August 23, 2007
George W. Bush has one last chance to leave behind a great legacy in the Middle East, and I want to help him. He has a year and a half left to support and encourage agreements between Israel and the Palestinian Authority and to midwife and recognize the state of Palestine.|
Call this a kooky lefty dream, but it is one shared by such lefties as Secretary of State Condoleeza Rice, Israel President Shimon Peres, Foreign Minister Tzipi Livni, Prime Minister Ehud Olmert and, of course, George W. Bush.
"I think that's the goal they're shooting for," an Israeli diplomat told me by phone last week. Olmert has said twice in the past few weeks that we want to see a Palestinian state in "as short a time as possible."
An international meeting has been set for November for final status peace agreements between the Israelis and Palestinians. Saudi Arabia, Jordan and Egypt have agreed to support the talks, which the diplomat said might take place in the United States.
Two weeks ago, Olmert took the unprecedented and symbolic step of meeting with Palestinian President Mahmoud Abbas in the West Bank city of Jericho to discuss fundamental issues in preparation for the November meeting. The Forward newspaper has reported that there is now a "frenzy of diplomatic activity aimed at reaching initial understandings before the conference convenes."
Now, I know what you're thinking. Why is this night different from all other nights?
Middle East summits past have demonstrated nothing but the wisdom of despair. They raise and dash expectations as surely and as quickly as, say, the networks' fall lineup. But this fall may be different, and the difference can be explained in one four-letter word: Iran.
Iran is on its way to becoming a hegemonic power in the Middle East, something that Israelis and their Sunni Arab neighbors strongly oppose. By defeating the Iranian regime's two biggest foes -- the Taliban and Iraq -- America has greatly strengthened Iran's power.
Israel's war in Lebanon last summer against the Iran-backed Hezbollah and the Iran-backed Hamas victory in the Gaza elections have combined to make the specter of waxing Shiite power a common cause among the Jewish state and her Arab neighbors. Who would have thought: The enemy of my enemy is a Jewish state.
There are other reasons for optimism. The rise of Hamas in Gaza has made Israel aware that the time to support Palestinian moderates like Abbas and Palestinian Prime Minister Salam Fayyad is now.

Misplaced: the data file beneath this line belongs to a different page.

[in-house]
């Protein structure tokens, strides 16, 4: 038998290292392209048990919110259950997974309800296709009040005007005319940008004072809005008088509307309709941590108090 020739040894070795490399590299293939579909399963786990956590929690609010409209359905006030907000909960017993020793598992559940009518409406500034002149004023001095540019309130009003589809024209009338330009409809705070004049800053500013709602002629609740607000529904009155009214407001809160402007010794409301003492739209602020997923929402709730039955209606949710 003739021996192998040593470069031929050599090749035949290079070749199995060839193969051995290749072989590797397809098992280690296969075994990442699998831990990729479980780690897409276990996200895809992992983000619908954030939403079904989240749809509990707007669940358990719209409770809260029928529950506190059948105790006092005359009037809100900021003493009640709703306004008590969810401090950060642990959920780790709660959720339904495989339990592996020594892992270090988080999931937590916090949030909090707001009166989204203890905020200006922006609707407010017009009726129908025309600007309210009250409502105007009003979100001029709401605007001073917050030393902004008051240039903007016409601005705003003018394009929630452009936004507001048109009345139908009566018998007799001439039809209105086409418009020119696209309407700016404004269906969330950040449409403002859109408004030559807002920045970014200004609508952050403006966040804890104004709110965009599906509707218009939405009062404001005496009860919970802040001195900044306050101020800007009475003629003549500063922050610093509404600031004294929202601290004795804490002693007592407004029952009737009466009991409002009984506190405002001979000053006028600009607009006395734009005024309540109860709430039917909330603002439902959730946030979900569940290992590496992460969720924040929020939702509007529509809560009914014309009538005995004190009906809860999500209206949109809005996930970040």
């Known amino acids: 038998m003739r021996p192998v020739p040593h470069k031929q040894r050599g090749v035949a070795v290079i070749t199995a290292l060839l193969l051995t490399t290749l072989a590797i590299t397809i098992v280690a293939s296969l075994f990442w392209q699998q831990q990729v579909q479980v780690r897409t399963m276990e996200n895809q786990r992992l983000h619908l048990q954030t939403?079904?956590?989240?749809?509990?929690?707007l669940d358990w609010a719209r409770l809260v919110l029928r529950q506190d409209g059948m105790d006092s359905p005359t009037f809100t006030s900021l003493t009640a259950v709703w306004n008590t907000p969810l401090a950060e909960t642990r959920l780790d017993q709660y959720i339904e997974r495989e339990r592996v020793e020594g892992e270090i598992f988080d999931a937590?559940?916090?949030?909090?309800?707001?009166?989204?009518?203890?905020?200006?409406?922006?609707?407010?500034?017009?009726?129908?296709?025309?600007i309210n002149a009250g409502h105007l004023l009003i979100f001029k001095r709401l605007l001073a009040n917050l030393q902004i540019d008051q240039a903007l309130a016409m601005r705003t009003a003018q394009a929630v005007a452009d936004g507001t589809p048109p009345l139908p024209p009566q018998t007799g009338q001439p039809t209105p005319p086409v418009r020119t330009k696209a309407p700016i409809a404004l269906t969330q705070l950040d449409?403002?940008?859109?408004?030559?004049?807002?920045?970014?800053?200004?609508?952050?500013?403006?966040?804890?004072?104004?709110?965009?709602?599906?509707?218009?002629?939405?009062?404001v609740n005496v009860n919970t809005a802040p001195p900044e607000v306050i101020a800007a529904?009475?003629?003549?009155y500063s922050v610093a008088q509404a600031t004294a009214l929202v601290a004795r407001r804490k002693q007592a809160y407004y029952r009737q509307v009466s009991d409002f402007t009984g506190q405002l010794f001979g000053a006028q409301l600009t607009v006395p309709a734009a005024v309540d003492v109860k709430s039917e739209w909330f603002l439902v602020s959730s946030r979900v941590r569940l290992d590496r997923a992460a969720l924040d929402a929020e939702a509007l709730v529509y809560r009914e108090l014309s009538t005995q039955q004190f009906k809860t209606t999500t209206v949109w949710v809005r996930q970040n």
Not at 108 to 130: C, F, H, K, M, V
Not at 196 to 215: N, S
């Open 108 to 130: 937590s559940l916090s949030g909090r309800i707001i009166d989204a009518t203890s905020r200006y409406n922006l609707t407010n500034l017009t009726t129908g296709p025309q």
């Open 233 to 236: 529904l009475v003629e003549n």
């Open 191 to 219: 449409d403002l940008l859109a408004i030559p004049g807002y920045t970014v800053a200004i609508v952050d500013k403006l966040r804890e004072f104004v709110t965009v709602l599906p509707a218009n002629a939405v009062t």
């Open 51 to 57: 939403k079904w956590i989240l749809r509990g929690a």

Olmert and Bush and Livni and Rice share close relationships. Olmert stood up for the president long after the American public turned against him.
On the Palestinian side, there are two decent leaders in Abbas and Fayyad. The latter is a man with a reputation for honesty and incorruptibility.
Abbas himself has seen one possible future -- Hamastan -- and chosen to resist it.
"Hamas scarred Abbas," Dr. Ziad Asali told me. "He found the testosterone he was accused of lacking."
Asali, a Washington, D.C.-based endocrinologist, was in Los Angeles representing the American Task Force for Palestine, of which he is chairman. The scion of an old Jerusalem family, he has close ties to Palestinian leadership.
He made it clear that mainstream Palestinian thinking can be summed up in two words: security and dignity. The elements of such an agreement, which would bring physical and economic security to the Palestinians and dignity to their cause, are well known to all parties and hardly elusive.
"The Palestinians are psychologically ready to make this deal with Israel," he told me. "If the U.S., Israel and the moderate Arab states get involved, it will be very hard for rejectionists to win this thing."
What about Gaza? How can Israel even think of making peace when rockets are raining down on its citizens from Gaza?
The Israeli diplomat said the key is a "West Bank first" approach that retains some settlement blocs in exchange for other land, and that will produce an agreement that can only strengthen moderate forces. Asali said such an agreement would be a blow to Hamas.
"If Hamas doesn't want it, they can fight it in elections. Let the Gazan people see what's happening in the rest of the Palestinian state and let them choose."
The key, in short, is to build a bipartisan, interdenominational coalition of nonfanatics. But Bush can and must lead the way. "I don't think the Palestinians and the Israelis will get out of this mess on their own," Asali said.
No one can say with a straight face that an agreement will automatically bring Israel peace and harmony and acceptance, but it will lift a major roadblock along the path. Bush may believe that eventual progress in Iraq will one day vindicate his decision to go to war there, but he must know that presiding over the international agreements that birth a state of Palestine will be an instant, enduring and irreplaceable legacy.
I want to help him. And considering the firestorm of opposition he will face from some Jews and Christians here and abroad and in his own circle, you should, too.
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